Executive summary

Sierra Leone Tumbu Fishing Village


The coastal zone and “Exclusive Economic Zone” of Sierra Leone covers an area of about 155,000 km2 from Kiragba in the north to Mano in the south. Sierra Leone’s coastline measures 560 km, much of which is sheltered. The sheltered coast is dominated by extensive mangrove systems (230 km) and mudflats. Only 150 km of the coastline is significantly developed or urbanized and this includes Freetown (the capital).

Currently about 70 hotels and tourist resorts are found along the Western Area Peninsula coastline. Elsewhere the coastline is largely undeveloped except for some fish landing sites and cold storage infrastructure used to process and store fish and shrimps. The contribution of the coastal zone to the national economy is significant.

The coastal zone of Sierra Leone is one of the most densely populated areas of the country and is already vulnerable to a number of natural and man-made hazards including inundations from the major rivers flowing through Sierra Leone to the coast, flash floods which come down from a number of rivers during the monsoon period and also saline intrusions due to decreased low water flows in the dry season. Because of all these characteristics the coastal zone of the country is particularly vulnerable to climate change impact.

This report provides a description of the coastal and marine environment of Sierra Leone as well as the oceanography of its coastal waters. The report further deals with the pressures and impacts of anthropogenic activities that directly affect the quality of the coastal and marine environment, such as fishing, shipping, ports and harbor development, submarine cable and pipelines, off shore hydrocarbon exploration and exploitation, other marine based energy industries and offshore mining industries. It looks at other uses of ocean space such as waste disposal/discharge, marine debris, tourism and recreation, and the potential impacts of climate change and sea level rise.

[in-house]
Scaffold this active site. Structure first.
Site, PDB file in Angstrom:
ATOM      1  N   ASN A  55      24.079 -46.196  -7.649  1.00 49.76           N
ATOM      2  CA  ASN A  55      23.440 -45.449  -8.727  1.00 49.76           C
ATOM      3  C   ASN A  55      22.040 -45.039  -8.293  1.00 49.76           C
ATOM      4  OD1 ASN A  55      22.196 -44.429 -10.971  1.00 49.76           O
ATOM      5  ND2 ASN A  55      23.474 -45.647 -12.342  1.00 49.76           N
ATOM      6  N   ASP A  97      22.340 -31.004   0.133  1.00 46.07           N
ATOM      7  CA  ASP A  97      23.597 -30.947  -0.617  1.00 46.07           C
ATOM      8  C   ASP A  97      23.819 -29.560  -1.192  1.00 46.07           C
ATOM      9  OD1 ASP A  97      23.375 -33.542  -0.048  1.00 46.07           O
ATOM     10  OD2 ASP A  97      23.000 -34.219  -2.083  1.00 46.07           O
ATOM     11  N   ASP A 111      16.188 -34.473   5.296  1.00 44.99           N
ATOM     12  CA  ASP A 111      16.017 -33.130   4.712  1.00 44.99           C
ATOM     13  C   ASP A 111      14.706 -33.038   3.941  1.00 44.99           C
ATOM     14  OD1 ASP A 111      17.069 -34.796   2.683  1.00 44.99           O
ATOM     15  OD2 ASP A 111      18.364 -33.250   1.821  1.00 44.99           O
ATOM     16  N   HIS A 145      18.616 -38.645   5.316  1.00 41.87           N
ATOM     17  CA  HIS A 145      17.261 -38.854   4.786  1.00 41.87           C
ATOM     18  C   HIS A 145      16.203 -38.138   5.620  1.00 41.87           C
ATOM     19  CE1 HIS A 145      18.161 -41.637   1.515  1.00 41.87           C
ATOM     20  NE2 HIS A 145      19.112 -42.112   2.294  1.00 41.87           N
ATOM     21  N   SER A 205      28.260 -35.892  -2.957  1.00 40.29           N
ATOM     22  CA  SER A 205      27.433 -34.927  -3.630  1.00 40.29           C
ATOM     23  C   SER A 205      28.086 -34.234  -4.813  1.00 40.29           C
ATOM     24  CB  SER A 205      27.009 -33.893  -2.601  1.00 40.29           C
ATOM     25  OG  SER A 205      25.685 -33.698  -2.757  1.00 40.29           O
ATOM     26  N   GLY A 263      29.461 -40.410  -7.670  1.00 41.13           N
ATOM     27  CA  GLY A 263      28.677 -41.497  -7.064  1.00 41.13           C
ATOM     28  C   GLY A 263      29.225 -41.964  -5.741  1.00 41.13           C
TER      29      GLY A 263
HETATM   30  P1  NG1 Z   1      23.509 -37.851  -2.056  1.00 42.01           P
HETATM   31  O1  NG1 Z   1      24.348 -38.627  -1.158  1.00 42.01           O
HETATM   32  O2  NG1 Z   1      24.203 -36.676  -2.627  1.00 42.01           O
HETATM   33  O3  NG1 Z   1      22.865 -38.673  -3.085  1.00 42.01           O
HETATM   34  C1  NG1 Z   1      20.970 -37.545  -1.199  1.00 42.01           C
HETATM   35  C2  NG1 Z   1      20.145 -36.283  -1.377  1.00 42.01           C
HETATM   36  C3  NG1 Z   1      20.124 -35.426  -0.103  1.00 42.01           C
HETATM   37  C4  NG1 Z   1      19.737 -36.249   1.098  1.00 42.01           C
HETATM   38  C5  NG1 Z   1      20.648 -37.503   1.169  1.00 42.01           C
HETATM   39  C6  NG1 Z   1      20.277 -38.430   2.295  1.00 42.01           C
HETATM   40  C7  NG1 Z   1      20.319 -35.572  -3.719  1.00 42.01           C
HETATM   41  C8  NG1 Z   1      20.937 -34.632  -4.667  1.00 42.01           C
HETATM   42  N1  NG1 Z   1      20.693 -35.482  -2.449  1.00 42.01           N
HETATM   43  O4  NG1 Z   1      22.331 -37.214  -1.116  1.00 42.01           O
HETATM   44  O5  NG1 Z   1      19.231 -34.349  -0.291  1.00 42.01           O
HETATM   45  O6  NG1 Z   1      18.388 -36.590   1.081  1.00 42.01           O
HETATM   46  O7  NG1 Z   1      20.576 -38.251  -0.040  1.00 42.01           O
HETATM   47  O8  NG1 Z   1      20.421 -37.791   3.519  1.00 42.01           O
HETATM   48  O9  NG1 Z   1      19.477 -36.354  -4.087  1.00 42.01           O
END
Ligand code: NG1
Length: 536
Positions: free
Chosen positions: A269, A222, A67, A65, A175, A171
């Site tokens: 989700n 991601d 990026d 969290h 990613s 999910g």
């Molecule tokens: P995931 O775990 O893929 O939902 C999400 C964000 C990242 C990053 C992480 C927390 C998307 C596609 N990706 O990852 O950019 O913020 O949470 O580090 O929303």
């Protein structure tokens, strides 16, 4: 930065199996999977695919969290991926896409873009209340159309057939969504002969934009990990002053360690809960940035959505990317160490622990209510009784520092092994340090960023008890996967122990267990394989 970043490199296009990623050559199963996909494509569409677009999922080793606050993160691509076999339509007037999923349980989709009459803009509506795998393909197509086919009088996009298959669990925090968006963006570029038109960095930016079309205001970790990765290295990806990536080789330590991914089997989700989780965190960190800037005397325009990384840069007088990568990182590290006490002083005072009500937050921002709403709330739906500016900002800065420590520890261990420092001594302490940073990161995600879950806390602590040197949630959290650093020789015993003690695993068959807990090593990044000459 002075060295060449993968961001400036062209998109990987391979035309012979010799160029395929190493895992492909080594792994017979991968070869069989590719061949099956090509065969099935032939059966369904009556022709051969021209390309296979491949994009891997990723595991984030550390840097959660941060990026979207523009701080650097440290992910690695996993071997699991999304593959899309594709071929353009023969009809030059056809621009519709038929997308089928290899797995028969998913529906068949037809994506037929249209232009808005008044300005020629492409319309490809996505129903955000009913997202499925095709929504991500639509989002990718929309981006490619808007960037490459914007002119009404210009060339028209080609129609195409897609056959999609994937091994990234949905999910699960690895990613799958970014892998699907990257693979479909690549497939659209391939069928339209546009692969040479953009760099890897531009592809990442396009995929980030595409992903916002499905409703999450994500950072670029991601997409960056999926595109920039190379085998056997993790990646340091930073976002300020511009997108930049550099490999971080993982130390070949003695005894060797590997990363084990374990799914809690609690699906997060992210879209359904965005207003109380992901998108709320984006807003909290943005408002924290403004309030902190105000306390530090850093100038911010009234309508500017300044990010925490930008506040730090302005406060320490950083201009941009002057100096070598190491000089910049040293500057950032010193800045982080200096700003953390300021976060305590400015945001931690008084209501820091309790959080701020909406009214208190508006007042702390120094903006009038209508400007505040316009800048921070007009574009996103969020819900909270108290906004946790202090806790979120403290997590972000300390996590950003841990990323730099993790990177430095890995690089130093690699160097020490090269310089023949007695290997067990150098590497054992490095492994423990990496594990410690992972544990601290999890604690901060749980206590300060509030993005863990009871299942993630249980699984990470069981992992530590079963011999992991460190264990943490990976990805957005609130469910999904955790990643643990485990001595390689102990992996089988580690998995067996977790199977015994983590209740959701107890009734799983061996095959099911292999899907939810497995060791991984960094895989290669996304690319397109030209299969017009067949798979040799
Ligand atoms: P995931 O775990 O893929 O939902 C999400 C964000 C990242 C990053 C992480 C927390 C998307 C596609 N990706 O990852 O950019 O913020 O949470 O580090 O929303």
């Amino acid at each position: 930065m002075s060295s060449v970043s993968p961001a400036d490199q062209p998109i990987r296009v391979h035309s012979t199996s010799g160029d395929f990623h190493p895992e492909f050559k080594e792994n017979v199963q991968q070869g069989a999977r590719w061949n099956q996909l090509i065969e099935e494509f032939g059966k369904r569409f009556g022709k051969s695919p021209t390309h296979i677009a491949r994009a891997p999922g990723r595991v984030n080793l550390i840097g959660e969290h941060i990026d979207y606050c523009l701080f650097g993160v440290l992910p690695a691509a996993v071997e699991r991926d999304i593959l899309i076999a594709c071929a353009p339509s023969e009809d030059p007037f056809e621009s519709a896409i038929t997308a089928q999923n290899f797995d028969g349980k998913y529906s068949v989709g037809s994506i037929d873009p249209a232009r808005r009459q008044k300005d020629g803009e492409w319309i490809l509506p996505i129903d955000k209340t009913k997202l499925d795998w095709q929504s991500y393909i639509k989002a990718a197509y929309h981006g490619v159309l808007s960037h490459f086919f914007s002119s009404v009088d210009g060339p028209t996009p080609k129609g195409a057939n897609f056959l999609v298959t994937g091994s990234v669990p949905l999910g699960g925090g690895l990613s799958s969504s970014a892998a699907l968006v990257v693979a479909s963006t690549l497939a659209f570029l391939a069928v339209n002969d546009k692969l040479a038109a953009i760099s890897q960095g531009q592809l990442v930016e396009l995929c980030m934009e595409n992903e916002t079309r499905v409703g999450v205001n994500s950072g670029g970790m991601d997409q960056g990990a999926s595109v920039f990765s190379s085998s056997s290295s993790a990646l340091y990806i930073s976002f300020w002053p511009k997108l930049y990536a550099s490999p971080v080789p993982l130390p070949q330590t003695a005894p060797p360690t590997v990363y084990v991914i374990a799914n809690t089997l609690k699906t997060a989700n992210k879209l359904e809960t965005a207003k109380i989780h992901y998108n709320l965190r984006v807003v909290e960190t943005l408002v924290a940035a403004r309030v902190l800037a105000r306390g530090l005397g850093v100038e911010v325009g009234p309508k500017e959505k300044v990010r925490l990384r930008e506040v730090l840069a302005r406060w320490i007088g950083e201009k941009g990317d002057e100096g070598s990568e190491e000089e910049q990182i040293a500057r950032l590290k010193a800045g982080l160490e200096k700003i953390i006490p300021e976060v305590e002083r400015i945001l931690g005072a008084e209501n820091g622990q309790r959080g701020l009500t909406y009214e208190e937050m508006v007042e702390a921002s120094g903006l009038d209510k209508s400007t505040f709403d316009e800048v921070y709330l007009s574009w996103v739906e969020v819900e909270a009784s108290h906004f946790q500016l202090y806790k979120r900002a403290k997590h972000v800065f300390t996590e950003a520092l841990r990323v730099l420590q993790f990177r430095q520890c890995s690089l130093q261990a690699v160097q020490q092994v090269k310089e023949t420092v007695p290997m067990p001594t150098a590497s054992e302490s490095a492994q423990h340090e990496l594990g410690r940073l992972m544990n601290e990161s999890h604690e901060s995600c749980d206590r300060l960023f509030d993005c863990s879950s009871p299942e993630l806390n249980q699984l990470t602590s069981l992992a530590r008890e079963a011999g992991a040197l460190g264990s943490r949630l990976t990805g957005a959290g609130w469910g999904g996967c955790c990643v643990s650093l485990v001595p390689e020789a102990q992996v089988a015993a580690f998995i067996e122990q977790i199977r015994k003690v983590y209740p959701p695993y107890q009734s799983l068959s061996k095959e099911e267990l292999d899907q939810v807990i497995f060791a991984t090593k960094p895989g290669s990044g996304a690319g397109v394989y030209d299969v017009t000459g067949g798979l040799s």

The report also provides a qualitative assessment of the state of the coastal and marine habitats as well as the current and future risks to the marine environment. The assessment is the result of the national workshop for production of the National State of the Coast Report, which was organized in Freetown, Sierra Leone from 4–7 February 2014. The methodology used at the workshop was based upon Expert Elicitation to assess the state of the marine environment in Sierra Leone. A total of 50 scientists and experts from Sierra Leone attended the workshop. The workshop was organized by the Environment Protection Agency of Sierra Leone, in cooperation with the Abidjan Convention and under the guidance of experts from GRID-Arendal.

The qualitative assessment of marine and coastal habitats showed that most habitats are still in good and very good condition, and the trend during the last 5 years has been stable. A total of 13 habitat types were assessed. Condition of the seabed habitat of the inner shelf zones are believed to be improving. This is related to restrictions on bottom trawling which were implemented in recent years.

A total of 29 biodiversity parameters (species and species groups) were assessed. On average, biodiversity is assessed to be still in good condition for most places. Some species and species groups have strongly declined during the past 5 years, and are in poor condition: shark and rays, some bird species such as terns, demersal fish assemblages, small pelagic fish species and crustaceans. Declines in fish stocks can be attributed to overfishing.

It can be assumed that the ecological functioning of the marine ecosystem along the coast of Sierra Leone is still largely intact, as large stretches of the coast and marine zone are unexploited and undeveloped with limited pressures on the marine ecosystem. Two ecological processes have been assessed: spatial and physical disjunctions and biological migration processes. Spatial/physical disjunctions are still in good condition as infrastructures (ports etc.) which impact the coastal and marine environment are still limited.